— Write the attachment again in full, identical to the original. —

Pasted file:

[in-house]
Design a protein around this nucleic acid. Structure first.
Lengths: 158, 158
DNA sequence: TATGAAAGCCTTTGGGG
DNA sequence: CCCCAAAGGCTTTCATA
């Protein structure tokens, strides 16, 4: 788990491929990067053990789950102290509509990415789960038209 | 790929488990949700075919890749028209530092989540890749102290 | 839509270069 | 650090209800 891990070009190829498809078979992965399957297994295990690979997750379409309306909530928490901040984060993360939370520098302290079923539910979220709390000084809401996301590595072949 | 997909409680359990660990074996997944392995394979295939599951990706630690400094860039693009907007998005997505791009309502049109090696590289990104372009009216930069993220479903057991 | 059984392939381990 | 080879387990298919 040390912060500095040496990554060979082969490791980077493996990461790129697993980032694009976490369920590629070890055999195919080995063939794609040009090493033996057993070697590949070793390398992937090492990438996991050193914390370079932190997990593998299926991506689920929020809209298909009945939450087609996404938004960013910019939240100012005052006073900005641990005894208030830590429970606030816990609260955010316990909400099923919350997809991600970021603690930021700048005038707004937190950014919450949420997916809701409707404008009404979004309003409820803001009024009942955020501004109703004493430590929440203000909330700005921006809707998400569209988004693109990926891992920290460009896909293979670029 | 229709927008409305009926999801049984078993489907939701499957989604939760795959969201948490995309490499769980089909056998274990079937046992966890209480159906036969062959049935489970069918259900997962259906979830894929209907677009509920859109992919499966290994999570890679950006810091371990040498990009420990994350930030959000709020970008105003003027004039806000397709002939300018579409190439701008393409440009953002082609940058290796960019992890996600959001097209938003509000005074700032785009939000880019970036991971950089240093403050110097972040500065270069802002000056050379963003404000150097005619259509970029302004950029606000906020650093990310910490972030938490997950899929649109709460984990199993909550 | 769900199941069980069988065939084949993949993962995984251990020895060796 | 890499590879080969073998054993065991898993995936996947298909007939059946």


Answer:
[in-house]
Design a protein around this nucleic acid. Structure first.
Lengths: 158, 158
DNA sequence: TATGAAAGCCTTTGGGG
DNA sequence: CCCCAAAGGCTTTCATA
């Protein structure tokens, strides 16, 4: 788990491929990067053990789950102290509509990415789960038209 | 790929488990949700075919890749028209530092989540890749102290 | 839509270069 | 650090209800 891990070009190829498809078979992965399957297994295990690979997750379409309306909530928490901040984060993360939370520098302290079923539910979220709390000084809401996301590595072949 | 997909409680359990660990074996997944392995394979295939599951990706630690400094860039693009907007998005997505791009309502049109090696590289990104372009009216930069993220479903057991 | 059984392939381990 | 080879387990298919 040390912060500095040496990554060979082969490791980077493996990461790129697993980032694009976490369920590629070890055999195919080995063939794609040009090493033996057993070697590949070793390398992937090492990438996991050193914390370079932190997990593998299926991506689920929020809209298909009945939450087609996404938004960013910019939240100012005052006073900005641990005894208030830590429970606030816990609260955010316990909400099923919350997809991600970021603690930021700048005038707004937190950014919450949420997916809701409707404008009404979004309003409820803001009024009942955020501004109703004493430590929440203000909330700005921006809707998400569209988004693109990926891992920290460009896909293979670029 | 229709927008409305009926999801049984078993489907939701499957989604939760795959969201948490995309490499769980089909056998274990079937046992966890209480159906036969062959049935489970069918259900997962259906979830894929209907677009509920859109992919499966290994999570890679950006810091371990040498990009420990994350930030959000709020970008105003003027004039806000397709002939300018579409190439701008393409440009953002082609940058290796960019992890996600959001097209938003509000005074700032785009939000880019970036991971950089240093403050110097972040500065270069802002000056050379963003404000150097005619259509970029302004950029606000906020650093990310910490972030938490997950899929649109709460984990199993909550 | 769900199941069980069988065939084949993949993962995984251990020895060796 | 890499590879080969073998054993065991898993995936996947298909007939059946």